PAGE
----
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Ben Jones
Ben Jones, UK Lawyer
Category: Law
Satisfied Customers: 48172
Experience:  Qualified Solicitor - Please start your question with 'For Ben Jones'
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My friend who is from Hungary, was offered a job in Cambridge

Resolved Question:

My friend who is from Hungary, was offered a job in Cambridge as a nanny. She was told that she would be working from about 9.00am to approximately 6;00pm in the evening. She accepted the position. It has transpired that it is not a LEGAL job, ( paying NI , income tax, infact no deductions at all are made.) She is working on average 13 hours per day with just one , occasionally 2 days off per week, and is even sometimes asked to work a few hours on her day off!. She is supplied with accomodation at her place of work. She has spoken to her employer about the hours she is required work, and now fears that she may be fired!. She has no relatives in this country and nowhere to go. Last year she was studying English at Brighton and has a NI number, She has asked me to find out if the CAB would be able to help in any way. She is almost 60 years old, and is desperate to find alternative housing and a legal job What, if any, advice can you offer?.
Submitted: 3 years ago.
Category: Law
Expert:  Ben Jones replied 3 years ago.

Ben Jones :

Hello, my name is XXXXX XXXXX it is my pleasure to assist you with your question today. When did she start the job?

Customer:

About 4 maybe 5montha ago

Ben Jones :

her rights would really depend on her employment status, maybe if you follow this link and once you answer the questions can you please let me know what you believe she is:

www.hmrc.gov.uk/employment-status/index.htm#1

Customer:

Hi Ben, Not sure exactly , certainly she is an employee, this position was found for her by a third party ( a friend ,I believe in Brighton)

Customer:

I have spent the last few months helping with her English language.

Ben Jones :

ok let me get my response ready please

Ben Jones :

Assuming that she is an employee then she will have certain rights, which can be summarised as follows:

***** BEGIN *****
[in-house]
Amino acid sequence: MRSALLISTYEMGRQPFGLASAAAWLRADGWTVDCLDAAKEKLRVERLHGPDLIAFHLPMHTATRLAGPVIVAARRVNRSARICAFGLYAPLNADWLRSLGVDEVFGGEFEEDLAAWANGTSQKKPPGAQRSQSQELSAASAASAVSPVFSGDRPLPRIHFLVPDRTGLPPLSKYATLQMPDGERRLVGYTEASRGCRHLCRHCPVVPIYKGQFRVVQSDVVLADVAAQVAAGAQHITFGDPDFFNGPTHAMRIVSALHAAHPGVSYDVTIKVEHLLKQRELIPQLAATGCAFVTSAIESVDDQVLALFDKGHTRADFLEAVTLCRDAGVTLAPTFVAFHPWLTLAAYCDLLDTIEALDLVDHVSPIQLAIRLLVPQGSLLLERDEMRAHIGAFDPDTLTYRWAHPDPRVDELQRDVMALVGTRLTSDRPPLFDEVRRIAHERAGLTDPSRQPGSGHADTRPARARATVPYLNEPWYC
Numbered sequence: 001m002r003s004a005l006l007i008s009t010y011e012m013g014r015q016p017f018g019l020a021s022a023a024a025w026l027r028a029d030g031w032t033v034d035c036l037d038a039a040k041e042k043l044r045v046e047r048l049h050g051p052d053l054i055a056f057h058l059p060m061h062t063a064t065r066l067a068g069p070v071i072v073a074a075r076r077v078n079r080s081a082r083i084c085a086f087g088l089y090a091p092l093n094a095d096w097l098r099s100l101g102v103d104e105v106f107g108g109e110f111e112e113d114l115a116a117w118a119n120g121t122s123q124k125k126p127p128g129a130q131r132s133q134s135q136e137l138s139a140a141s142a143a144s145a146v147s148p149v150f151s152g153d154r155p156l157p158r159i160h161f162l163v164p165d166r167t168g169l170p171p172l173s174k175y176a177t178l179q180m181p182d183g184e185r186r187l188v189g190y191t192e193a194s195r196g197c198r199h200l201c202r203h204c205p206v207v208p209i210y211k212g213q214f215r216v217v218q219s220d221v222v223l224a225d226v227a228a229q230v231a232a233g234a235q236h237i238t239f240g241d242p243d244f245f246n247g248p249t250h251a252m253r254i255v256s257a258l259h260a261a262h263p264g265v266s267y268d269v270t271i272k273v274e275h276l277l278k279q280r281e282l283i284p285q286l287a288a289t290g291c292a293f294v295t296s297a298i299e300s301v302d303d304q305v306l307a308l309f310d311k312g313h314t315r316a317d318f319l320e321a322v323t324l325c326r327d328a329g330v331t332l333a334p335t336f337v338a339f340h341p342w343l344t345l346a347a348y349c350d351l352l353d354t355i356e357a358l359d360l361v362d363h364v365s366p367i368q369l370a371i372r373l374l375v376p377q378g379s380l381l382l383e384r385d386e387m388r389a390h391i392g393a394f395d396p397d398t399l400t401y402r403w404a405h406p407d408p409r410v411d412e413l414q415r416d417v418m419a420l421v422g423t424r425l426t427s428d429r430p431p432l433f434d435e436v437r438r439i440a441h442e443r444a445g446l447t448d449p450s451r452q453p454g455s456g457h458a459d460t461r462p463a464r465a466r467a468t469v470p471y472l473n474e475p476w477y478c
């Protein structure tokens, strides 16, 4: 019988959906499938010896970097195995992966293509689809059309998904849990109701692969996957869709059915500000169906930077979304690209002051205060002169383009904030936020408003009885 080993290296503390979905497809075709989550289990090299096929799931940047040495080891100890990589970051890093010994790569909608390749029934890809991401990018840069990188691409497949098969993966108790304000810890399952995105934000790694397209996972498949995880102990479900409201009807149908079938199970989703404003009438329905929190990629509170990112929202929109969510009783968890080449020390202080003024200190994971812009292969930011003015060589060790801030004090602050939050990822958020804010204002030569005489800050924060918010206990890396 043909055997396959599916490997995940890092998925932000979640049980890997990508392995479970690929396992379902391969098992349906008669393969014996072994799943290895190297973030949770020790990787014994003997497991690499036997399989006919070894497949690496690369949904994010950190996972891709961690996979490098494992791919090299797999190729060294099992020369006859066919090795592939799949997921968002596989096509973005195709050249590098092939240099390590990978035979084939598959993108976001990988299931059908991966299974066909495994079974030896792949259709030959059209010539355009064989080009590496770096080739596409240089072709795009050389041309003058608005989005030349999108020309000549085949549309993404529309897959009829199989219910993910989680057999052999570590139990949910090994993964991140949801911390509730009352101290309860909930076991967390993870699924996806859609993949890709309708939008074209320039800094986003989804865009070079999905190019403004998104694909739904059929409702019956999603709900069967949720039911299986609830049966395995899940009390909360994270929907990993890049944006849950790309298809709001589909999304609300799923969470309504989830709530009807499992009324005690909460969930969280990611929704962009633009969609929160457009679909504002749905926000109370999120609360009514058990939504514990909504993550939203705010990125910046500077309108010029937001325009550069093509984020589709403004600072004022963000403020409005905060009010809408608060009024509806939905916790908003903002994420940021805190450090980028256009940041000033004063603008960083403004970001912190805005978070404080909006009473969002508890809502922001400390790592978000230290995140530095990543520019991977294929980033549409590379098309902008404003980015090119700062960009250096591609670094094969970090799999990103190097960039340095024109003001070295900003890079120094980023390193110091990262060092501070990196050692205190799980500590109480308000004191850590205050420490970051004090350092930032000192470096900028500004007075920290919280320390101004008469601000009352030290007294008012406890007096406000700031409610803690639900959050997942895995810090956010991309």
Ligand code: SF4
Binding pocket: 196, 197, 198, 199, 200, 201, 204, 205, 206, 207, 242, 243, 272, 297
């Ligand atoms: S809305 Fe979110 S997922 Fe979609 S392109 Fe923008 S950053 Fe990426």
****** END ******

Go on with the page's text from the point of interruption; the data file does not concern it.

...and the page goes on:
• The employer should organise her taxes and make any necessary deductions from her pay. She can contact HMRC to query this if necessary

  • Workers would normally not be expected to work more than an average of 48 hours per week, which is calculated over a reference period of the last 17 weeks. However, she will most likely be classified as a domestic servant these limits may not apply to her.

  • She is still entitled to the usual rest breaks and daily rest allowances of 20 minutes for every 6 hours of work and 11 hours rest between each shift. Also there is a right to have an uninterrupted 24 hour break every week or it would instead be made into a 48 hour break every 2 weeks

  • Until she has 2 years’ service she is not protected against unfair dismissal so can be dismissed for more or less any reason, although there are certain exceptions. For example, if she is dismissed because of raising the issues of potential illegality or if she has raised concerns about not getting the right rest breaks then the dismissal could be automatically unfair, even if she does not have the required 2 years.


 


Before she starts contacting outside organisations it may be best just to approach the employer over this and try to resolve things amicably with them. If it appears they still have no regard to the law then she can consider taking the matter further.

Customer:

Should she be dismissed, is there any machinery for obtaining accommodation, she has indicated to me that she would be quite willing to move to , say, Manchester where employment opportunities would be greater, but housing or other accommodation would be essential. . should she lose this job she would be homeless

Ben Jones :

then she would just have to depend on the benefits system, and rely on something like Council housing but she needs to check that with the local Council as each Council has its own rules

Ben Jones :

Please let me know if this has answered your original question or if you need me to clarify anything else for you in relation to this? Thanks

Customer:

I think I now know all I need. Thank you for your help. Norman

Ben Jones :

You are most welcome, all the best to you both

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